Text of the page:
This trend is reversing in 2023. Capital formation is particularly nimble in the US and with both the technical expertise and liquidity to fund large projects across the globe, the US could be an even more dominant player for new construction in the years to come.
For most of the developed world, food prices have gone up last year. It has stung and caused many to change their spending habits, but for the developing world, it has been devastating. For the last 20 years, the world has made great strides to eliminate hunger, but the trend has been reversing last year due to the surge in basic food costs brought about by the Russian/Ukraine war.
Source: World Bank
Despite coming down from their highs in 2022, prices were still 20% higher at the end of 2022 than where they were at the beginning of 2021. In 90% of countries, food inflation has far outpaced overall levels of inflation last year. With many poorer countries spending a huge percentage of their incomes on food, it’s becoming a huge problem.
Moreover, for a long time now, the world has produced meaningfully more food than is required to feed humanity. The fact that people still go hungry is mostly a political problem.
The reason it’s more of a problem now is that supply itself is also shrinking, with wheat being the biggest commodity affected by the war.
Source: The Economist
2023 will mean the reconfiguration of established trading relationships. But given the critical nature of food staples, there will be political pressure to restrict exports in dire situations. Combine this with volatile harvests due to climate change, and we could see a replay of 2022 if the war becomes a protracted conflict.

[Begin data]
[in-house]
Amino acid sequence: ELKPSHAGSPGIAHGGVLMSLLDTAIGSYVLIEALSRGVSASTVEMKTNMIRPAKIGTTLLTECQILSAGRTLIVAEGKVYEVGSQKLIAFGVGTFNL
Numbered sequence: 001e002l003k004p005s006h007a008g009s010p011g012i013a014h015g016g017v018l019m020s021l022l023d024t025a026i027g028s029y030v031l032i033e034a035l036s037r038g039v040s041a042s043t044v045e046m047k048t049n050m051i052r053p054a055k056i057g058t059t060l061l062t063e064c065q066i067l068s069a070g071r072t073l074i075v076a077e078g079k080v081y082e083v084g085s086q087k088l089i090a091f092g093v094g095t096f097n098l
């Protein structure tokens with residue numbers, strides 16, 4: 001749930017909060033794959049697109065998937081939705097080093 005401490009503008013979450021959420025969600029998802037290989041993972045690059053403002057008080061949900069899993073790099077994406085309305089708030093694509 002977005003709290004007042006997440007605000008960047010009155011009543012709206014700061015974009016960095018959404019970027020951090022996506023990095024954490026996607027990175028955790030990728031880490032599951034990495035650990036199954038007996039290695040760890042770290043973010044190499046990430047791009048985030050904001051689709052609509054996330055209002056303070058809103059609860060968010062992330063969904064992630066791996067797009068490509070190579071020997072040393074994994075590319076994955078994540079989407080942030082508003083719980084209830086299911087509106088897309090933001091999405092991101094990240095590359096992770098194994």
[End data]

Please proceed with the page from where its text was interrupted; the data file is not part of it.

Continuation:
This is a topic closer to the heart. The idea is that instead of having “trusted zones” within a company’s network infrastructure, applications and internal tools must be built without assuming they are operating in a trusted environment.
It’s akin to having a security guard standing in front of every door in an office building instead of just one at the entrance. The risk of every request to access a system is evaluated based on its context, which could mean the person, the nature of the request, frequency, location, service etc.
How important is this? Well, even the US government has deemed it important enough to issue a memo requiring agencies to move to a zero trust architecture (ZTA) by 2024. And the government is usually not known for their eagerness to adopt new processes, as evidenced by this law which still requires the use of floppy disks.
Within the industry, nearly 80% of IT professionals are considering such a model for their network infrastructure.
This trend stands to accelerate as more companies adopt remote first policies with a globalized workforce from day one. Existing VPN technologies are not well adapted to serve a globally distributed network since by design all traffic must pass through company data centers, causing huge bottlenecks.
Companies that stand to benefit from this change include identity management services such as Okta. They offer authentication and authorization SaaS to be embedded within a company’s internal infrastructure. This enhances security for both internal tools and customer-facing applications by providing ongoing monitoring as well as multiple authentication methods such as 2FA. If you have noticed many more services requiring you to turn on 2 factor authentication (2FA) lately, that’s precisely why.
With more applications moving to the cloud, 2023 could be the year where mass adoption of ZTA begins, dramatically improving the security posture for companies, as well as their customers.
Now onto the outlook. Needless to say, 2022 has been a rough year for investors, with literally nowhere to hide whether that be in stocks, bonds, crypto, or even cash. So what does 2023 look like? It boils down to:
Other interesting developments:
That’s all folks! Is there anything that I’ve missed? If you have any thoughts or comments, please reach out!